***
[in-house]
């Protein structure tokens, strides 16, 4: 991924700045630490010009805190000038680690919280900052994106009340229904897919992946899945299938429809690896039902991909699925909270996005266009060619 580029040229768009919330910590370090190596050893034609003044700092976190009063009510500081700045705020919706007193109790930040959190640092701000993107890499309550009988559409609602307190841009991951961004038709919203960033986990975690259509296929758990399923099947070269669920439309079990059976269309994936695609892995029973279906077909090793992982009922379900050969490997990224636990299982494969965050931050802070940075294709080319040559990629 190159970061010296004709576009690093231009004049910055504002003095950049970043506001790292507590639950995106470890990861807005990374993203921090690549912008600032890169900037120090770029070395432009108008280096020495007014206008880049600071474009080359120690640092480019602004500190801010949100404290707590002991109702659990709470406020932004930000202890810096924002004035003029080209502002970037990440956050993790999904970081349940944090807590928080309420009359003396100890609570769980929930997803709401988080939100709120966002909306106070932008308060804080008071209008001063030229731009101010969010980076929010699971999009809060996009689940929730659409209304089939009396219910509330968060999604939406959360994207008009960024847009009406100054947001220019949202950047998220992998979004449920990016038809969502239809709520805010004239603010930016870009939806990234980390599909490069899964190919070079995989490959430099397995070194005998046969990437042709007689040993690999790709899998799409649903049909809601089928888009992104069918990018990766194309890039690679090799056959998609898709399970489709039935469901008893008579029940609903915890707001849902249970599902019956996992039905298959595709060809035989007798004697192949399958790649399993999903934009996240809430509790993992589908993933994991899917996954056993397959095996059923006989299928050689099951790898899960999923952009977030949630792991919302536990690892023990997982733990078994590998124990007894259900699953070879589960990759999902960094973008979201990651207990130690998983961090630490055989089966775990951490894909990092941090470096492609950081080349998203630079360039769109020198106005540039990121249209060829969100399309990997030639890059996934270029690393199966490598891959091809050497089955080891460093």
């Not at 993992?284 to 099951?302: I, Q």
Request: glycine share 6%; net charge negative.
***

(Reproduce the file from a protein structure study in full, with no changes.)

[in-house]
């Protein structure tokens, strides 16, 4: 991924700045630490010009805190000038680690919280900052994106009340229904897919992946899945299938429809690896039902991909699925909270996005266009060619 580029040229768009919330910590370090190596050893034609003044700092976190009063009510500081700045705020919706007193109790930040959190640092701000993107890499309550009988559409609602307190841009991951961004038709919203960033986990975690259509296929758990399923099947070269669920439309079990059976269309994936695609892995029973279906077909090793992982009922379900050969490997990224636990299982494969965050931050802070940075294709080319040559990629 190159970061010296004709576009690093231009004049910055504002003095950049970043506001790292507590639950995106470890990861807005990374993203921090690549912008600032890169900037120090770029070395432009108008280096020495007014206008880049600071474009080359120690640092480019602004500190801010949100404290707590002991109702659990709470406020932004930000202890810096924002004035003029080209502002970037990440956050993790999904970081349940944090807590928080309420009359003396100890609570769980929930997803709401988080939100709120966002909306106070932008308060804080008071209008001063030229731009101010969010980076929010699971999009809060996009689940929730659409209304089939009396219910509330968060999604939406959360994207008009960024847009009406100054947001220019949202950047998220992998979004449920990016038809969502239809709520805010004239603010930016870009939806990234980390599909490069899964190919070079995989490959430099397995070194005998046969990437042709007689040993690999790709899998799409649903049909809601089928888009992104069918990018990766194309890039690679090799056959998609898709399970489709039935469901008893008579029940609903915890707001849902249970599902019956996992039905298959595709060809035989007798004697192949399958790649399993999903934009996240809430509790993992589908993933994991899917996954056993397959095996059923006989299928050689099951790898899960999923952009977030949630792991919302536990690892023990997982733990078994590998124990007894259900699953070879589960990759999902960094973008979201990651207990130690998983961090630490055989089966775990951490894909990092941090470096492609950081080349998203630079360039769109020198106005540039990121249209060829969100399309990997030639890059996934270029690393199966490598891959091809050497089955080891460093």
């Not at 993992?284 to 099951?302: I, Q």
Request: glycine share 6%; net charge negative.